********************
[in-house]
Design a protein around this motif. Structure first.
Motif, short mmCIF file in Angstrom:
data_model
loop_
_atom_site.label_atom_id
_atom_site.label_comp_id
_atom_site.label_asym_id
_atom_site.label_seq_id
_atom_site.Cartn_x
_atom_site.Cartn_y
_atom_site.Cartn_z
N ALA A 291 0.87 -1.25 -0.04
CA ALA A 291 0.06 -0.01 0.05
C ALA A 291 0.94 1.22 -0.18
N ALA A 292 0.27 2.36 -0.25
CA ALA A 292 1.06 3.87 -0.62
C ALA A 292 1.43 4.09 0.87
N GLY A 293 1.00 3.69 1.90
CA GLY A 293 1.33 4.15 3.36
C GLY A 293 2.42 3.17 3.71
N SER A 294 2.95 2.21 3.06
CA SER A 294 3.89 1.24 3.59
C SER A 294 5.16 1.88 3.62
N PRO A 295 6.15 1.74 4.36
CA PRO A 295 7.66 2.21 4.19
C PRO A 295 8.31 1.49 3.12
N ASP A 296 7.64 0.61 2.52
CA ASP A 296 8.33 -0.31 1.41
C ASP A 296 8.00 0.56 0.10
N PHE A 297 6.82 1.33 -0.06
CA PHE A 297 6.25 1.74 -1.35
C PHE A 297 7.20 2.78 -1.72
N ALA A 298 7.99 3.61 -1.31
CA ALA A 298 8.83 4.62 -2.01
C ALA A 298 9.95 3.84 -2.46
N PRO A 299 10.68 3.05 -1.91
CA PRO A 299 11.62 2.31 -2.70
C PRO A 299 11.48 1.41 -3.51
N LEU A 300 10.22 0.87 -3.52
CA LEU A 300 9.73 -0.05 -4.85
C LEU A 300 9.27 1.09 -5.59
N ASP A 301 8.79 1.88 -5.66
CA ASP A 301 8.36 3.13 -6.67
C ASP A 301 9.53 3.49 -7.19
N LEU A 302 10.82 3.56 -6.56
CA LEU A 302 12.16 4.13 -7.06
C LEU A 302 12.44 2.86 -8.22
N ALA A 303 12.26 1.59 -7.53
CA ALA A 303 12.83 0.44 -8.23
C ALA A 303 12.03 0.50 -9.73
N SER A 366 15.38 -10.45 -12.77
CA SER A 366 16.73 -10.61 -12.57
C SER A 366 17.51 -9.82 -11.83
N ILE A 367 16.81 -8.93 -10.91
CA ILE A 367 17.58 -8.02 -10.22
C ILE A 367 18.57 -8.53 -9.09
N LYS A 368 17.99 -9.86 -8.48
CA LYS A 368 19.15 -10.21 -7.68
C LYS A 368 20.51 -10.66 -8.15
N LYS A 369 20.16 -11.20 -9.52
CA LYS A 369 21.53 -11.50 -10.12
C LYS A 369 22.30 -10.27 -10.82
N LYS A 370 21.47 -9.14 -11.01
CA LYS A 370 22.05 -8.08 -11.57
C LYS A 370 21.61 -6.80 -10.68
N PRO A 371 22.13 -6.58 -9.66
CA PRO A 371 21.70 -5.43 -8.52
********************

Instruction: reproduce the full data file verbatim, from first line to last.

[in-house]
Design a protein around this motif. Structure first.
Motif, short mmCIF file in Angstrom:
data_model
loop_
_atom_site.label_atom_id
_atom_site.label_comp_id
_atom_site.label_asym_id
_atom_site.label_seq_id
_atom_site.Cartn_x
_atom_site.Cartn_y
_atom_site.Cartn_z
N ALA A 291 0.87 -1.25 -0.04
CA ALA A 291 0.06 -0.01 0.05
C ALA A 291 0.94 1.22 -0.18
N ALA A 292 0.27 2.36 -0.25
CA ALA A 292 1.06 3.87 -0.62
C ALA A 292 1.43 4.09 0.87
N GLY A 293 1.00 3.69 1.90
CA GLY A 293 1.33 4.15 3.36
C GLY A 293 2.42 3.17 3.71
N SER A 294 2.95 2.21 3.06
CA SER A 294 3.89 1.24 3.59
C SER A 294 5.16 1.88 3.62
N PRO A 295 6.15 1.74 4.36
CA PRO A 295 7.66 2.21 4.19
C PRO A 295 8.31 1.49 3.12
N ASP A 296 7.64 0.61 2.52
CA ASP A 296 8.33 -0.31 1.41
C ASP A 296 8.00 0.56 0.10
N PHE A 297 6.82 1.33 -0.06
CA PHE A 297 6.25 1.74 -1.35
C PHE A 297 7.20 2.78 -1.72
N ALA A 298 7.99 3.61 -1.31
CA ALA A 298 8.83 4.62 -2.01
C ALA A 298 9.95 3.84 -2.46
N PRO A 299 10.68 3.05 -1.91
CA PRO A 299 11.62 2.31 -2.70
C PRO A 299 11.48 1.41 -3.51
N LEU A 300 10.22 0.87 -3.52
CA LEU A 300 9.73 -0.05 -4.85
C LEU A 300 9.27 1.09 -5.59
N ASP A 301 8.79 1.88 -5.66
CA ASP A 301 8.36 3.13 -6.67
C ASP A 301 9.53 3.49 -7.19
N LEU A 302 10.82 3.56 -6.56
CA LEU A 302 12.16 4.13 -7.06
C LEU A 302 12.44 2.86 -8.22
N ALA A 303 12.26 1.59 -7.53
CA ALA A 303 12.83 0.44 -8.23
C ALA A 303 12.03 0.50 -9.73
N SER A 366 15.38 -10.45 -12.77
CA SER A 366 16.73 -10.61 -12.57
C SER A 366 17.51 -9.82 -11.83
N ILE A 367 16.81 -8.93 -10.91
CA ILE A 367 17.58 -8.02 -10.22
C ILE A 367 18.57 -8.53 -9.09
N LYS A 368 17.99 -9.86 -8.48
CA LYS A 368 19.15 -10.21 -7.68
C LYS A 368 20.51 -10.66 -8.15
N LYS A 369 20.16 -11.20 -9.52
CA LYS A 369 21.53 -11.50 -10.12
C LYS A 369 22.30 -10.27 -10.82
N LYS A 370 21.47 -9.14 -11.01
CA LYS A 370 22.05 -8.08 -11.57
C LYS A 370 21.61 -6.80 -10.68
N PRO A 371 22.13 -6.58 -9.66
CA PRO A 371 21.70 -5.43 -8.52